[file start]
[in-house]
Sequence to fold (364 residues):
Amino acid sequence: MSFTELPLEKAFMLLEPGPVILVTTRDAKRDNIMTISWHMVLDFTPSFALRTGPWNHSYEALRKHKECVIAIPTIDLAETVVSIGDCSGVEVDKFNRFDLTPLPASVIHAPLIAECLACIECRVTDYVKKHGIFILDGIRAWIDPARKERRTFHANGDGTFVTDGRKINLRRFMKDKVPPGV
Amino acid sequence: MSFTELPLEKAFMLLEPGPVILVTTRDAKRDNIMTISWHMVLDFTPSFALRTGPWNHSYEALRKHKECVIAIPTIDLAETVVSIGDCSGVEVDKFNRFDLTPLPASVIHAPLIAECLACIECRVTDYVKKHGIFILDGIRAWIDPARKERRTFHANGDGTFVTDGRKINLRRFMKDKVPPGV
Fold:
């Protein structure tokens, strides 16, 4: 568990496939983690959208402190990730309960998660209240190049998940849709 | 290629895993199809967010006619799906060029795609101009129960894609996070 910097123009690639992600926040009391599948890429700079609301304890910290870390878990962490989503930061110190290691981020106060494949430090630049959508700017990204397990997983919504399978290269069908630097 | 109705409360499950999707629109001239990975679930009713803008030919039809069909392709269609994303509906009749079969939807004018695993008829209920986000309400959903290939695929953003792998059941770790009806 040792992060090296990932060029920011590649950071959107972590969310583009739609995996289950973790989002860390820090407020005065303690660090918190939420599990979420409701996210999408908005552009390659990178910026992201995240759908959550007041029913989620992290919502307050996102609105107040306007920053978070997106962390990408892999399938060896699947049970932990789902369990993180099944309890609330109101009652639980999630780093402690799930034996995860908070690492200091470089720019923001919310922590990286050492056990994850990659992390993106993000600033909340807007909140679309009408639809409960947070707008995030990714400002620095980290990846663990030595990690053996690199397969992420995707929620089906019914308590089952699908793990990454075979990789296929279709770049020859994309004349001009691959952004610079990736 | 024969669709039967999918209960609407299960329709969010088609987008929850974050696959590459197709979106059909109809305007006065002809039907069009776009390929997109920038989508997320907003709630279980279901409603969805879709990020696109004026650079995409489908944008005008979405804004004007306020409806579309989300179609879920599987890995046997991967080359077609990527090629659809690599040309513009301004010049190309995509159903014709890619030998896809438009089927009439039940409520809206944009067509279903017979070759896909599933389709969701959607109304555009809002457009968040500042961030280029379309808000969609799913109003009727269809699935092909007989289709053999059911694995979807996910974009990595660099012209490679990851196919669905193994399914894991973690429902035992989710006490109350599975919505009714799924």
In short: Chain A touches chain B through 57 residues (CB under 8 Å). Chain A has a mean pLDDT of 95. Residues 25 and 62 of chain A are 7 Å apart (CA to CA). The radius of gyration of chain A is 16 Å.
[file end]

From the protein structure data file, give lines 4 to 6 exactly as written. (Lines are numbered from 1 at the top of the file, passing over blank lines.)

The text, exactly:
Amino acid sequence: MSFTELPLEKAFMLLEPGPVILVTTRDAKRDNIMTISWHMVLDFTPSFALRTGPWNHSYEALRKHKECVIAIPTIDLAETVVSIGDCSGVEVDKFNRFDLTPLPASVIHAPLIAECLACIECRVTDYVKKHGIFILDGIRAWIDPARKERRTFHANGDGTFVTDGRKINLRRFMKDKVPPGV
Fold:
């Protein structure tokens, strides 16, 4: 568990496939983690959208402190990730309960998660209240190049998940849709 | 290629895993199809967010006619799906060029795609101009129960894609996070 910097123009690639992600926040009391599948890429700079609301304890910290870390878990962490989503930061110190290691981020106060494949430090630049959508700017990204397990997983919504399978290269069908630097 | 109705409360499950999707629109001239990975679930009713803008030919039809069909392709269609994303509906009749079969939807004018695993008829209920986000309400959903290939695929953003792998059941770790009806 040792992060090296990932060029920011590649950071959107972590969310583009739609995996289950973790989002860390820090407020005065303690660090918190939420599990979420409701996210999408908005552009390659990178910026992201995240759908959550007041029913989620992290919502307050996102609105107040306007920053978070997106962390990408892999399938060896699947049970932990789902369990993180099944309890609330109101009652639980999630780093402690799930034996995860908070690492200091470089720019923001919310922590990286050492056990994850990659992390993106993000600033909340807007909140679309009408639809409960947070707008995030990714400002620095980290990846663990030595990690053996690199397969992420995707929620089906019914308590089952699908793990990454075979990789296929279709770049020859994309004349001009691959952004610079990736 | 024969669709039967999918209960609407299960329709969010088609987008929850974050696959590459197709979106059909109809305007006065002809039907069009776009390929997109920038989508997320907003709630279980279901409603969805879709990020696109004026650079995409489908944008005008979405804004004007306020409806579309989300179609879920599987890995046997991967080359077609990527090629659809690599040309513009301004010049190309995509159903014709890619030998896809438009089927009439039940409520809206944009067509279903017979070759896909599933389709969701959607109304555009809002457009968040500042961030280029379309808000969609799913109003009727269809699935092909007989289709053999059911694995979807996910974009990595660099012209490679990851196919669905193994399914894991973690429902035992989710006490109350599975919505009714799924």